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Singapore Government

Housing and flat rental assistance for single unwed mums

Housing and flat rental assistance for single unwed mums


Ms Kuik Shiao-Yin 
Nominated Member of Parliament

To ask the Minister for Social and Family Development:

(a) how does the Ministry work with HDB to solve housing issues of single unwed mothers who are too well-off to qualify for a rental flat but too poor to buy a flat; 

(b) why does the Ministry believe that home ownership and not rental access is the better long-term solution to help families escape poverty; and 

(c) how does the Ministry help single mothers balance the financial trade-offs between working for more income versus having their rental go up once their income goes up.

Written Answer

Single unwed parents with housing difficulties can approach HDB for assistance and advice on their housing options. Where necessary, HDB would refer the parents to MSF and social service agencies for counselling and support. MSF works closely with HDB and social service agencies to help address their family and relationship issues and to provide financial and employment assistance. Each family will be assisted based on their individual circumstances, and the agencies will work with them to achieve housing stability.

We believe that homeownership is a better long-term solution for families than rental because it provides a greater sense of stability and gives families an asset, allowing them to share in Singapore’s progress. Monthly instalments for sold flats can also be paid using CPF monies, unlike rental housing which must be paid in cash. This will save some cash for families and help them with their immediate cash positions.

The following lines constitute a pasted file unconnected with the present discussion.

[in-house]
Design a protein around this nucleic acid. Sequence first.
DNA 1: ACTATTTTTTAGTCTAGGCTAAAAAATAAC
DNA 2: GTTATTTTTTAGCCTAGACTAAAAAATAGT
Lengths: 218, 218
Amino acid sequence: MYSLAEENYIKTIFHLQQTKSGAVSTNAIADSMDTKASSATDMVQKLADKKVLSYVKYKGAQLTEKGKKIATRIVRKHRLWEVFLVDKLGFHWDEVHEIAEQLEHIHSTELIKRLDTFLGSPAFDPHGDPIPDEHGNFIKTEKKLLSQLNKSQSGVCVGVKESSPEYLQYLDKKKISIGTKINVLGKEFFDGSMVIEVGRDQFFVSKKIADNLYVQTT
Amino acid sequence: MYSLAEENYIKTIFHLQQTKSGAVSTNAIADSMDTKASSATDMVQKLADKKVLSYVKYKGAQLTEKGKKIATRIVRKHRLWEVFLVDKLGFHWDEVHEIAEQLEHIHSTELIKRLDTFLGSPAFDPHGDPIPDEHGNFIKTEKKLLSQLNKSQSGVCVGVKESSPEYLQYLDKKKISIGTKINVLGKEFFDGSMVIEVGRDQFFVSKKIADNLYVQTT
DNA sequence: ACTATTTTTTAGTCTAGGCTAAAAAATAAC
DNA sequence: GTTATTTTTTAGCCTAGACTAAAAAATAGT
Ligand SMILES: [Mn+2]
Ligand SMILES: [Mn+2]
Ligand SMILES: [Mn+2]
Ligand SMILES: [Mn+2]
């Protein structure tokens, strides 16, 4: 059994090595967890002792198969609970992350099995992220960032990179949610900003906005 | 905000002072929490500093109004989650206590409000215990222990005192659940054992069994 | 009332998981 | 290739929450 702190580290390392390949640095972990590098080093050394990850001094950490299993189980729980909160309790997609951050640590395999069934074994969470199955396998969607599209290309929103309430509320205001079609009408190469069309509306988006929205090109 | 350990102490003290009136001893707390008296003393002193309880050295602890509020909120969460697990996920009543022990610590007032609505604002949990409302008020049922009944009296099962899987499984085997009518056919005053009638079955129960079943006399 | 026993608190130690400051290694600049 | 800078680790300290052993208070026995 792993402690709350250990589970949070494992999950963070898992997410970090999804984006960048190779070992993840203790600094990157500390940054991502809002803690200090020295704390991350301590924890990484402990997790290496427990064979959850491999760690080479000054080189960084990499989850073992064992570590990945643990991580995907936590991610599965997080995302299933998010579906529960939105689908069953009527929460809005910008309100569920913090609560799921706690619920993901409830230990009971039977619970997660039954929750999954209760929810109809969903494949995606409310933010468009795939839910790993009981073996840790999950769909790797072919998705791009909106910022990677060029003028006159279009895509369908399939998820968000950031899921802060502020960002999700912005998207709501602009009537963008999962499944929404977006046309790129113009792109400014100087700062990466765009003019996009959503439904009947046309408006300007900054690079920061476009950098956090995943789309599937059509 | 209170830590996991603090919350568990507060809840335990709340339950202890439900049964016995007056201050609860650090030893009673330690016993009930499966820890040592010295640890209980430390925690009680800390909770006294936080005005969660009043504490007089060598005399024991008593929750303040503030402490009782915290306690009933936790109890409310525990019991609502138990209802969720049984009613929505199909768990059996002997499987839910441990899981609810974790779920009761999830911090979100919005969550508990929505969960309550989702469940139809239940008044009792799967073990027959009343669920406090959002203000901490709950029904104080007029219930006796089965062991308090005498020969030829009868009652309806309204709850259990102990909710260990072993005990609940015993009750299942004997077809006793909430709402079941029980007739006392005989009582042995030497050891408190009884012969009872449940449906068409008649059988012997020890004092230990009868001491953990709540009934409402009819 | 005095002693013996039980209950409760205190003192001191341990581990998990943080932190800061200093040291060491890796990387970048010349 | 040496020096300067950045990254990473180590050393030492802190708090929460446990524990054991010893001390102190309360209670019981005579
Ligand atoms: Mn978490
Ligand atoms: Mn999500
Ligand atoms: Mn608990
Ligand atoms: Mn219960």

HDB also recognises the needs of low-income households who cannot afford to own a flat immediately and have no family support, and provides public rental flats as temporary housing for them. Public rental tenants with higher incomes pay higher rent than those with lower incomes. This ensures that subsidies are progressive and targeted at those who need more help. However, HDB also exercises flexibility. For instance, for tenants whose monthly income has just improved from the lowest income tier to the next, HDB could waive their rent increase at tenancy renewal so that they can continue to pay the lower rent for another two years. After two years, if their income increase is still low relative to the rent increase, HDB will continue to waive the rent increase for another two years.

With these waivers, tenants effectively have up to four years to improve their incomes to be better off than before, even after taking into account any rental increases. We thus encourage tenants to focus on improving their incomes. This is a surer and better way to increase disposable incomes, and to eventually go beyond public rental to homeownership.

Families who face difficulties can continue to approach their nearest Social Service Office or Family Service Centre for assistance.

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